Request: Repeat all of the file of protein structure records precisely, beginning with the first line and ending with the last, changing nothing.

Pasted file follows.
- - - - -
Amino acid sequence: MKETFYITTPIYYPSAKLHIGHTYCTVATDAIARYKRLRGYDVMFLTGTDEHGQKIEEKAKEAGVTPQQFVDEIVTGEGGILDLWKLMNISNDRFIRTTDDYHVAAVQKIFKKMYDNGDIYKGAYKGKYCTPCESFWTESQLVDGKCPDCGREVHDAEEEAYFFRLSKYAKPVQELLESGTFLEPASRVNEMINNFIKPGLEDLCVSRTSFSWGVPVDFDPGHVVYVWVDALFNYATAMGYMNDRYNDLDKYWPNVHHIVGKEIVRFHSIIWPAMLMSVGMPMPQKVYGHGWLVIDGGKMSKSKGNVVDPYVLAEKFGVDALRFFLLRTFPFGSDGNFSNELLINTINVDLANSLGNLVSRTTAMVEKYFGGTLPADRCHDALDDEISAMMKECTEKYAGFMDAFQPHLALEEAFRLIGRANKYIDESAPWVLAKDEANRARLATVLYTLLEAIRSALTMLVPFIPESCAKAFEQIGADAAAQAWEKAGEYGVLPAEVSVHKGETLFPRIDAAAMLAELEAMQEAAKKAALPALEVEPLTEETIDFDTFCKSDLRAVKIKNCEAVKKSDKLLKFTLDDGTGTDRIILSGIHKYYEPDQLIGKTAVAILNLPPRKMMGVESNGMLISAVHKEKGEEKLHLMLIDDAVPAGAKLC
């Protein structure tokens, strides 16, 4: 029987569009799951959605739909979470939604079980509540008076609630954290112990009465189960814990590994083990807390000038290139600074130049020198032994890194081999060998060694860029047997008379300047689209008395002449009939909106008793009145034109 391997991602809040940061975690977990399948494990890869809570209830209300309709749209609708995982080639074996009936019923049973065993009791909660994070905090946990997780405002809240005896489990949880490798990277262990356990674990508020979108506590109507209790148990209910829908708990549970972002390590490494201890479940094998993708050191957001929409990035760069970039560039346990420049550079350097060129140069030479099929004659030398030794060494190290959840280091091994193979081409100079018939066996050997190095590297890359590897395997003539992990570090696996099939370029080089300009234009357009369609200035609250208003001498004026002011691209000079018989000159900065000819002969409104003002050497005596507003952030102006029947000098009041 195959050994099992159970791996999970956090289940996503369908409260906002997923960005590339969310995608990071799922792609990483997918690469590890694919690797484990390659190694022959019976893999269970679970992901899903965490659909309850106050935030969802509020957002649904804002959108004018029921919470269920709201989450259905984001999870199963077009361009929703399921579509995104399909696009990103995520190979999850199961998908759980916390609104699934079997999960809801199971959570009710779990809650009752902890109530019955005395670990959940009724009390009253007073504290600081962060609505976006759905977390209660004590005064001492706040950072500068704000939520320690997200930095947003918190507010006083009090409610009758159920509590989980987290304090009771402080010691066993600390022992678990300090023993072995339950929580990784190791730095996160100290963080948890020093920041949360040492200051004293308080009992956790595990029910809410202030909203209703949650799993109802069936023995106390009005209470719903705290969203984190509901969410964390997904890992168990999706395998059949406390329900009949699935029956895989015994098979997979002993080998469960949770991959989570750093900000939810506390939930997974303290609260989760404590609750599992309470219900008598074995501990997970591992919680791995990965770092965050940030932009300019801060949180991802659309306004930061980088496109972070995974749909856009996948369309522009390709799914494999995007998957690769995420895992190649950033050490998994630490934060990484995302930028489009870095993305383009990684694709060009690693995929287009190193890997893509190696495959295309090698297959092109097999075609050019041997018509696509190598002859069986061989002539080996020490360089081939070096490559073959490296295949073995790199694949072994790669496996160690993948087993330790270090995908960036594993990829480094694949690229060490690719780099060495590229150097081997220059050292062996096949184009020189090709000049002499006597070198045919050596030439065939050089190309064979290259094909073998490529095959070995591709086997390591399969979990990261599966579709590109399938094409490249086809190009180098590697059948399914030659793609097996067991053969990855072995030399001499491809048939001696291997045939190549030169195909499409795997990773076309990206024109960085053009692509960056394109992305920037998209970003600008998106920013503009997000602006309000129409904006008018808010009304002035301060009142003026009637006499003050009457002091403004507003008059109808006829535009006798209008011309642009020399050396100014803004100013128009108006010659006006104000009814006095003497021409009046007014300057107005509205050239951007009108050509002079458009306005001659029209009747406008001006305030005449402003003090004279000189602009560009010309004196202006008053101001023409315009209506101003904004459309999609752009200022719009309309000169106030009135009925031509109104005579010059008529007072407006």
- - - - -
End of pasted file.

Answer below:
Amino acid sequence: MKETFYITTPIYYPSAKLHIGHTYCTVATDAIARYKRLRGYDVMFLTGTDEHGQKIEEKAKEAGVTPQQFVDEIVTGEGGILDLWKLMNISNDRFIRTTDDYHVAAVQKIFKKMYDNGDIYKGAYKGKYCTPCESFWTESQLVDGKCPDCGREVHDAEEEAYFFRLSKYAKPVQELLESGTFLEPASRVNEMINNFIKPGLEDLCVSRTSFSWGVPVDFDPGHVVYVWVDALFNYATAMGYMNDRYNDLDKYWPNVHHIVGKEIVRFHSIIWPAMLMSVGMPMPQKVYGHGWLVIDGGKMSKSKGNVVDPYVLAEKFGVDALRFFLLRTFPFGSDGNFSNELLINTINVDLANSLGNLVSRTTAMVEKYFGGTLPADRCHDALDDEISAMMKECTEKYAGFMDAFQPHLALEEAFRLIGRANKYIDESAPWVLAKDEANRARLATVLYTLLEAIRSALTMLVPFIPESCAKAFEQIGADAAAQAWEKAGEYGVLPAEVSVHKGETLFPRIDAAAMLAELEAMQEAAKKAALPALEVEPLTEETIDFDTFCKSDLRAVKIKNCEAVKKSDKLLKFTLDDGTGTDRIILSGIHKYYEPDQLIGKTAVAILNLPPRKMMGVESNGMLISAVHKEKGEEKLHLMLIDDAVPAGAKLC
């Protein structure tokens, strides 16, 4: 029987569009799951959605739909979470939604079980509540008076609630954290112990009465189960814990590994083990807390000038290139600074130049020198032994890194081999060998060694860029047997008379300047689209008395002449009939909106008793009145034109 391997991602809040940061975690977990399948494990890869809570209830209300309709749209609708995982080639074996009936019923049973065993009791909660994070905090946990997780405002809240005896489990949880490798990277262990356990674990508020979108506590109507209790148990209910829908708990549970972002390590490494201890479940094998993708050191957001929409990035760069970039560039346990420049550079350097060129140069030479099929004659030398030794060494190290959840280091091994193979081409100079018939066996050997190095590297890359590897395997003539992990570090696996099939370029080089300009234009357009369609200035609250208003001498004026002011691209000079018989000159900065000819002969409104003002050497005596507003952030102006029947000098009041 195959050994099992159970791996999970956090289940996503369908409260906002997923960005590339969310995608990071799922792609990483997918690469590890694919690797484990390659190694022959019976893999269970679970992901899903965490659909309850106050935030969802509020957002649904804002959108004018029921919470269920709201989450259905984001999870199963077009361009929703399921579509995104399909696009990103995520190979999850199961998908759980916390609104699934079997999960809801199971959570009710779990809650009752902890109530019955005395670990959940009724009390009253007073504290600081962060609505976006759905977390209660004590005064001492706040950072500068704000939520320690997200930095947003918190507010006083009090409610009758159920509590989980987290304090009771402080010691066993600390022992678990300090023993072995339950929580990784190791730095996160100290963080948890020093920041949360040492200051004293308080009992956790595990029910809410202030909203209703949650799993109802069936023995106390009005209470719903705290969203984190509901969410964390997904890992168990999706395998059949406390329900009949699935029956895989015994098979997979002993080998469960949770991959989570750093900000939810506390939930997974303290609260989760404590609750599992309470219900008598074995501990997970591992919680791995990965770092965050940030932009300019801060949180991802659309306004930061980088496109972070995974749909856009996948369309522009390709799914494999995007998957690769995420895992190649950033050490998994630490934060990484995302930028489009870095993305383009990684694709060009690693995929287009190193890997893509190696495959295309090698297959092109097999075609050019041997018509696509190598002859069986061989002539080996020490360089081939070096490559073959490296295949073995790199694949072994790669496996160690993948087993330790270090995908960036594993990829480094694949690229060490690719780099060495590229150097081997220059050292062996096949184009020189090709000049002499006597070198045919050596030439065939050089190309064979290259094909073998490529095959070995591709086997390591399969979990990261599966579709590109399938094409490249086809190009180098590697059948399914030659793609097996067991053969990855072995030399001499491809048939001696291997045939190549030169195909499409795997990773076309990206024109960085053009692509960056394109992305920037998209970003600008998106920013503009997000602006309000129409904006008018808010009304002035301060009142003026009637006499003050009457002091403004507003008059109808006829535009006798209008011309642009020399050396100014803004100013128009108006010659006006104000009814006095003497021409009046007014300057107005509205050239951007009108050509002079458009306005001659029209009747406008001006305030005449402003003090004279000189602009560009010309004196202006008053101001023409315009209506101003904004459309999609752009200022719009309309000169106030009135009925031509109104005579010059008529007072407006």